"They took me in, introduced me around, gave me a couch or a spare room to sleep in from time to time and were absolutely instrumental in a lot of what I learned and the people I met in the Valley," said McEvoy.

Find out more in Digital Dreamers Episode 3.

87 comments so far

  • Great to hear about.

    Can we put to bed all that nonsense about business being only about competition?

    Commenter
    Evan Hadkins
    Location
    Sydney
    Date and time
    June 04, 2012, 11:07AM
    • Australia already passed up it's opportunity for ingenuity, competitive business development and investment when it realised you could retire at 40, flipping real estate with other people's money.

      The misallocation of wealth in this country is staggering and only equaled in magnitude by the failure to use debt for the purposes of sound business development and investment.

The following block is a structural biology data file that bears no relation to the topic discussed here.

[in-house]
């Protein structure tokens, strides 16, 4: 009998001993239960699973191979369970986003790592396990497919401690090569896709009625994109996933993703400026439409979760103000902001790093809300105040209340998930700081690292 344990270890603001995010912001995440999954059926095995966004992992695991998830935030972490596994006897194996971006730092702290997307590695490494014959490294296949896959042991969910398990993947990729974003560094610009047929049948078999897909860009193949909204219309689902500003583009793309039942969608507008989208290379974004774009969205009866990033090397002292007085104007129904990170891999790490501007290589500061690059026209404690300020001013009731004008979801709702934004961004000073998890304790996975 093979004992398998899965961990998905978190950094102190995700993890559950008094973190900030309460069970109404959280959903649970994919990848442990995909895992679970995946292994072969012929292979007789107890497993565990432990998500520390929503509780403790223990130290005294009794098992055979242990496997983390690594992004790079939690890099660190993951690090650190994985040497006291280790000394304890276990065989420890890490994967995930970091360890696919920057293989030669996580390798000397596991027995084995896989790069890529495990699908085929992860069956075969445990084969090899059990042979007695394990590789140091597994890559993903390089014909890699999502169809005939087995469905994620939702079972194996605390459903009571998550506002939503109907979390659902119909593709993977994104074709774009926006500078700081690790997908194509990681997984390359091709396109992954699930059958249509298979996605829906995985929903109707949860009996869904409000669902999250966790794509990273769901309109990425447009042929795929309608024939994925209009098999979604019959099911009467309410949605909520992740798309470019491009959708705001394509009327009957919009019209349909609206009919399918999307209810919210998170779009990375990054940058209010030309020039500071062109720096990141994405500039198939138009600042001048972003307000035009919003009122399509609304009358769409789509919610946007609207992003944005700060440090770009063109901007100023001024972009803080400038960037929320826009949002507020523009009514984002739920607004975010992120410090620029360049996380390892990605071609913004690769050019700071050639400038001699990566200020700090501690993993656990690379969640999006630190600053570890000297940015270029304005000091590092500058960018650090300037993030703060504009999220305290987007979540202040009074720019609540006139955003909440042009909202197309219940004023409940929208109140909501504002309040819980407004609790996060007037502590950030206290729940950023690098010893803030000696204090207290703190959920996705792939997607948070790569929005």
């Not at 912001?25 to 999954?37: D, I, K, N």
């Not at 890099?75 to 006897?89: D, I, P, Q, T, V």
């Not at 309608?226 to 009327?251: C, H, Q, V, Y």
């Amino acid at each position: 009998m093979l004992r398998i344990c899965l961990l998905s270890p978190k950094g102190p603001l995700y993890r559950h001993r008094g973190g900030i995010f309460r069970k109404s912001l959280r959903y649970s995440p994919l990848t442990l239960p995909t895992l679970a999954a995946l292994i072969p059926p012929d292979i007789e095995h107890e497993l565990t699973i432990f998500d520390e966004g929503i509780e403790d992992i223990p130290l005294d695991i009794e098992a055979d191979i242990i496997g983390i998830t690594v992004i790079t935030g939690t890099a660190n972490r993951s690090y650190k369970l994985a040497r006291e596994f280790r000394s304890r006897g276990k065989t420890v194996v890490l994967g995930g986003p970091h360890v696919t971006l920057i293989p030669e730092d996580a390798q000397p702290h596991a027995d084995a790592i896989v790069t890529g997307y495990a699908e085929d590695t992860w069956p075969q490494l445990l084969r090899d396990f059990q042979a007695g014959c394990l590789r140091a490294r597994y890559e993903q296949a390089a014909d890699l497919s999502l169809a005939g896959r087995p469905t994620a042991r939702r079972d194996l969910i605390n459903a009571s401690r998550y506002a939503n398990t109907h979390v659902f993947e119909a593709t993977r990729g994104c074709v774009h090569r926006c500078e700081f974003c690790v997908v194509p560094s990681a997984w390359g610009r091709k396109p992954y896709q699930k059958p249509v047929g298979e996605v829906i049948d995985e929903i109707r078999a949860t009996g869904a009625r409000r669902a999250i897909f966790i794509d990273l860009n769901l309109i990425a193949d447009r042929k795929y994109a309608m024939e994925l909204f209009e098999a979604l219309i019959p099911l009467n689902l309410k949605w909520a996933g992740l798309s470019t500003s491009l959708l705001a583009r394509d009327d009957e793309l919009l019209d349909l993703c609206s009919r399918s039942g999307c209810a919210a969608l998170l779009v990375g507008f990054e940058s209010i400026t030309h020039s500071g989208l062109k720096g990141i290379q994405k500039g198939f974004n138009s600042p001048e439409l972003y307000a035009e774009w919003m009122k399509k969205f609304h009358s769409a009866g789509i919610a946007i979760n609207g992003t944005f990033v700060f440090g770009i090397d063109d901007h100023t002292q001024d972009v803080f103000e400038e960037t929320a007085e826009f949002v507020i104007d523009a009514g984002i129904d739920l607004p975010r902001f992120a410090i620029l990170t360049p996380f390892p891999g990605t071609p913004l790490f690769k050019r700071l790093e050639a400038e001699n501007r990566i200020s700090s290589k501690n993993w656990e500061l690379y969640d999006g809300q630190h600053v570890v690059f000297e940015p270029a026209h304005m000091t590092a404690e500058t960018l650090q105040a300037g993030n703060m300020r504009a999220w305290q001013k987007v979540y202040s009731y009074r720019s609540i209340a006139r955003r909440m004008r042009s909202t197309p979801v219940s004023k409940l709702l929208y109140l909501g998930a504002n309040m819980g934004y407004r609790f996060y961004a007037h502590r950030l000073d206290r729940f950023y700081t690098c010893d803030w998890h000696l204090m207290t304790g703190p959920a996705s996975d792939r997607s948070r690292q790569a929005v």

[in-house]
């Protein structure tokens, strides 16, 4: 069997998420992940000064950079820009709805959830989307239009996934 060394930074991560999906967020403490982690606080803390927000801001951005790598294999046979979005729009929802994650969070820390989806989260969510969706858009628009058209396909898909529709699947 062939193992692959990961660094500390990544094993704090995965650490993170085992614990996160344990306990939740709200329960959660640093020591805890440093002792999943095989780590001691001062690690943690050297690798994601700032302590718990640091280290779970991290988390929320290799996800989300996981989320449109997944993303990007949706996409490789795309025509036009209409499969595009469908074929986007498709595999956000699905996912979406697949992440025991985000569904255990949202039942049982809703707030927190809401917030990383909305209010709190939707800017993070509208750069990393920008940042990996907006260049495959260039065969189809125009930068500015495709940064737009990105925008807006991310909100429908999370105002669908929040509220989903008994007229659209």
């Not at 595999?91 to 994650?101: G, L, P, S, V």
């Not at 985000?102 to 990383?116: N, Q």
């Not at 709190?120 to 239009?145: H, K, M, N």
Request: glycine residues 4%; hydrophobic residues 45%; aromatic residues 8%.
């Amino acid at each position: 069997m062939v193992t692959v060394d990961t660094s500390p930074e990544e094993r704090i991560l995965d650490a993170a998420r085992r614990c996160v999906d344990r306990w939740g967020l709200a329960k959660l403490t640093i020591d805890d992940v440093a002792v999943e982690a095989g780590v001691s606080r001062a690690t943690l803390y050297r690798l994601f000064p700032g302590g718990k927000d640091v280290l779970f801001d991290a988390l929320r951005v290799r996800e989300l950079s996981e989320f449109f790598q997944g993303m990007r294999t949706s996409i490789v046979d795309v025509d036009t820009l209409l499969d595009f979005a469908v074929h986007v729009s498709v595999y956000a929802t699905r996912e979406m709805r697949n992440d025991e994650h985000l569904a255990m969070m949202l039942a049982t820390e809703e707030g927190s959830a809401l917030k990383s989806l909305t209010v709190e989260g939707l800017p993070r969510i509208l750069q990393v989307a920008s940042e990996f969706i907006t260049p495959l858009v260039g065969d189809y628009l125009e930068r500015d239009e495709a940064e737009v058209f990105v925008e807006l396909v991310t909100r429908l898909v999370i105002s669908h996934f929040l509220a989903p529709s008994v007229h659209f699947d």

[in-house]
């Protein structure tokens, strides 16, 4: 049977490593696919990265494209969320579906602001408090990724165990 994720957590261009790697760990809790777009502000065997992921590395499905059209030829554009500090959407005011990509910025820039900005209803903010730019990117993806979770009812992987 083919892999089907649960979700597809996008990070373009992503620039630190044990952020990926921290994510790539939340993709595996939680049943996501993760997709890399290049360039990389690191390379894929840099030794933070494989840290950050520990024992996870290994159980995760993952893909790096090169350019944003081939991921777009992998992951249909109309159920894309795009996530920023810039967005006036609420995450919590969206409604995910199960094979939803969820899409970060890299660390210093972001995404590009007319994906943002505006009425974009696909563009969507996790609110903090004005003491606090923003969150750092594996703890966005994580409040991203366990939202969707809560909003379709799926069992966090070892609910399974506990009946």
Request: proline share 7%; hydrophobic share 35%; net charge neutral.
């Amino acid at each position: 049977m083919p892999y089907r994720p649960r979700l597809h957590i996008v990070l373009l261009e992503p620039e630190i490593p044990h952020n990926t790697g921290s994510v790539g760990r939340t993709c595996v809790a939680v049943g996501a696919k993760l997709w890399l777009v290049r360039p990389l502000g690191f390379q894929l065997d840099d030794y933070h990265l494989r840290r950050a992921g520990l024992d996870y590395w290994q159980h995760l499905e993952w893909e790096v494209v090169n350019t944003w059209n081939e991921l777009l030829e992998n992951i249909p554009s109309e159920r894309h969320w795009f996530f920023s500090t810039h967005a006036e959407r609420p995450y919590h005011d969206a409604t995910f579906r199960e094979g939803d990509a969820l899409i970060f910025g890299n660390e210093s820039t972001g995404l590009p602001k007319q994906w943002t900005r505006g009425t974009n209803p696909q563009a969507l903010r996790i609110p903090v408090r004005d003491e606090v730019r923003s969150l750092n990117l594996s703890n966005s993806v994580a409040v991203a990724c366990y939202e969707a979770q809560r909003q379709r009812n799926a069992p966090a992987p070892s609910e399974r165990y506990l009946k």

Yes, good ideas will surface and the entrepreneurs with vision are abandoning this sick economy in droves now the downturn has begun.

      Australia was simply too high on it's sugary debt, fear and GREED to make proper use of capital when it mattered.

      Instead of learning from the mistakes of over western nations in 2008, we blew the coffers to go spend it up, get into MORE debt and then laugh and tell the world we were different.

      We're not different.

      We are simply behind the curve in our markets. We're still in the same mess we were before 2008, only now WORSE because we decided to ramp up the debt rather than take the loss through a short, painful recession and get back on track riding the mining boom.